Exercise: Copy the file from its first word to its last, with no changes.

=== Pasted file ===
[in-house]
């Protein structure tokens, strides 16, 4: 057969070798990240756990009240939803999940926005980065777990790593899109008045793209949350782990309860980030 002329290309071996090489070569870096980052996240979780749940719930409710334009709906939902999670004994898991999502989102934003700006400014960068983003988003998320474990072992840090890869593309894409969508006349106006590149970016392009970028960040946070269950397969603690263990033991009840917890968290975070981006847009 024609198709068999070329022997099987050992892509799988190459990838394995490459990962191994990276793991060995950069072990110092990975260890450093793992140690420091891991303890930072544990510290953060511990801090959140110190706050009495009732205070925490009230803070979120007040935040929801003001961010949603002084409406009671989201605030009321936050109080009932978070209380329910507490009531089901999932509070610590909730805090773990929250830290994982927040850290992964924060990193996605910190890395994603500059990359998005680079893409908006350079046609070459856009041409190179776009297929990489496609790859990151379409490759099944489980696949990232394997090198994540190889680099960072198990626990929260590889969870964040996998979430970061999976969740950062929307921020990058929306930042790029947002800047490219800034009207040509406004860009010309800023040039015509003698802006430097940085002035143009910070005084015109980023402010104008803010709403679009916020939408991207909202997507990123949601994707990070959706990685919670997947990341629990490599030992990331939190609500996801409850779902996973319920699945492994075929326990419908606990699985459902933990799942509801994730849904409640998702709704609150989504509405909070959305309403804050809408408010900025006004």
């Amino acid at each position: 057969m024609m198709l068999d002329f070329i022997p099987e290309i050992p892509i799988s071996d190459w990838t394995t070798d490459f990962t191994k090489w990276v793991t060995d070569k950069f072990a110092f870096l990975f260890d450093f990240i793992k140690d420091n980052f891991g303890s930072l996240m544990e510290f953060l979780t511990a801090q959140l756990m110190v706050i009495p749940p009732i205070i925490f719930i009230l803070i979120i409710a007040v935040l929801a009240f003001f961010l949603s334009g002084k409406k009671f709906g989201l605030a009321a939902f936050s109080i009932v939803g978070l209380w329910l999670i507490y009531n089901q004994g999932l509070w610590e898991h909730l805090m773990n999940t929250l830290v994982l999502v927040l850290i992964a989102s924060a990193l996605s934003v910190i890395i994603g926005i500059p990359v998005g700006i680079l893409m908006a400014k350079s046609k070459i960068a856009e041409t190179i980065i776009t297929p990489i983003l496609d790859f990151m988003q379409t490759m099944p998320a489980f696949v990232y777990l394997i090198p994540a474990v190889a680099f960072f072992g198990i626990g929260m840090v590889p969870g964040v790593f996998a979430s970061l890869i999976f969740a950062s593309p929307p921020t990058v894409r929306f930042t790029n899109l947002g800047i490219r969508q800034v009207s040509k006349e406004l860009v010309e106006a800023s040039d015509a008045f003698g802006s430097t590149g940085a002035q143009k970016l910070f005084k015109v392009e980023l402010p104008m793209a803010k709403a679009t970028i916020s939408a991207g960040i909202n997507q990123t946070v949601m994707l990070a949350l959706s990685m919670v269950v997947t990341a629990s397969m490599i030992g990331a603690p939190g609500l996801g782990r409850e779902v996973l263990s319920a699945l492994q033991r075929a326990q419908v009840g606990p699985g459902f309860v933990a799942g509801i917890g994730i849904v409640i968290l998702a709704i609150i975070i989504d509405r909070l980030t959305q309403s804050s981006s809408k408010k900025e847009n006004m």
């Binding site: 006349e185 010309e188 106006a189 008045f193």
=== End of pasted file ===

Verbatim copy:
[in-house]
């Protein structure tokens, strides 16, 4: 057969070798990240756990009240939803999940926005980065777990790593899109008045793209949350782990309860980030 002329290309071996090489070569870096980052996240979780749940719930409710334009709906939902999670004994898991999502989102934003700006400014960068983003988003998320474990072992840090890869593309894409969508006349106006590149970016392009970028960040946070269950397969603690263990033991009840917890968290975070981006847009 024609198709068999070329022997099987050992892509799988190459990838394995490459990962191994990276793991060995950069072990110092990975260890450093793992140690420091891991303890930072544990510290953060511990801090959140110190706050009495009732205070925490009230803070979120007040935040929801003001961010949603002084409406009671989201605030009321936050109080009932978070209380329910507490009531089901999932509070610590909730805090773990929250830290994982927040850290992964924060990193996605910190890395994603500059990359998005680079893409908006350079046609070459856009041409190179776009297929990489496609790859990151379409490759099944489980696949990232394997090198994540190889680099960072198990626990929260590889969870964040996998979430970061999976969740950062929307921020990058929306930042790029947002800047490219800034009207040509406004860009010309800023040039015509003698802006430097940085002035143009910070005084015109980023402010104008803010709403679009916020939408991207909202997507990123949601994707990070959706990685919670997947990341629990490599030992990331939190609500996801409850779902996973319920699945492994075929326990419908606990699985459902933990799942509801994730849904409640998702709704609150989504509405909070959305309403804050809408408010900025006004």
């Amino acid at each position: 057969m024609m198709l068999d002329f070329i022997p099987e290309i050992p892509i799988s071996d190459w990838t394995t070798d490459f990962t191994k090489w990276v793991t060995d070569k950069f072990a110092f870096l990975f260890d450093f990240i793992k140690d420091n980052f891991g303890s930072l996240m544990e510290f953060l979780t511990a801090q959140l756990m110190v706050i009495p749940p009732i205070i925490f719930i009230l803070i979120i409710a007040v935040l929801a009240f003001f961010l949603s334009g002084k409406k009671f709906g989201l605030a009321a939902f936050s109080i009932v939803g978070l209380w329910l999670i507490y009531n089901q004994g999932l509070w610590e898991h909730l805090m773990n999940t929250l830290v994982l999502v927040l850290i992964a989102s924060a990193l996605s934003v910190i890395i994603g926005i500059p990359v998005g700006i680079l893409m908006a400014k350079s046609k070459i960068a856009e041409t190179i980065i776009t297929p990489i983003l496609d790859f990151m988003q379409t490759m099944p998320a489980f696949v990232y777990l394997i090198p994540a474990v190889a680099f960072f072992g198990i626990g929260m840090v590889p969870g964040v790593f996998a979430s970061l890869i999976f969740a950062s593309p929307p921020t990058v894409r929306f930042t790029n899109l947002g800047i490219r969508q800034v009207s040509k006349e406004l860009v010309e106006a800023s040039d015509a008045f003698g802006s430097t590149g940085a002035q143009k970016l910070f005084k015109v392009e980023l402010p104008m793209a803010k709403a679009t970028i916020s939408a991207g960040i909202n997507q990123t946070v949601m994707l990070a949350l959706s990685m919670v269950v997947t990341a629990s397969m490599i030992g990331a603690p939190g609500l996801g782990r409850e779902v996973l263990s319920a699945l492994q033991r075929a326990q419908v009840g606990p699985g459902f309860v933990a799942g509801i917890g994730i849904v409640i968290l998702a709704i609150i975070i989504d509405r909070l980030t959305q309403s804050s981006s809408k408010k900025e847009n006004m």
């Binding site: 006349e185 010309e188 106006a189 008045f193």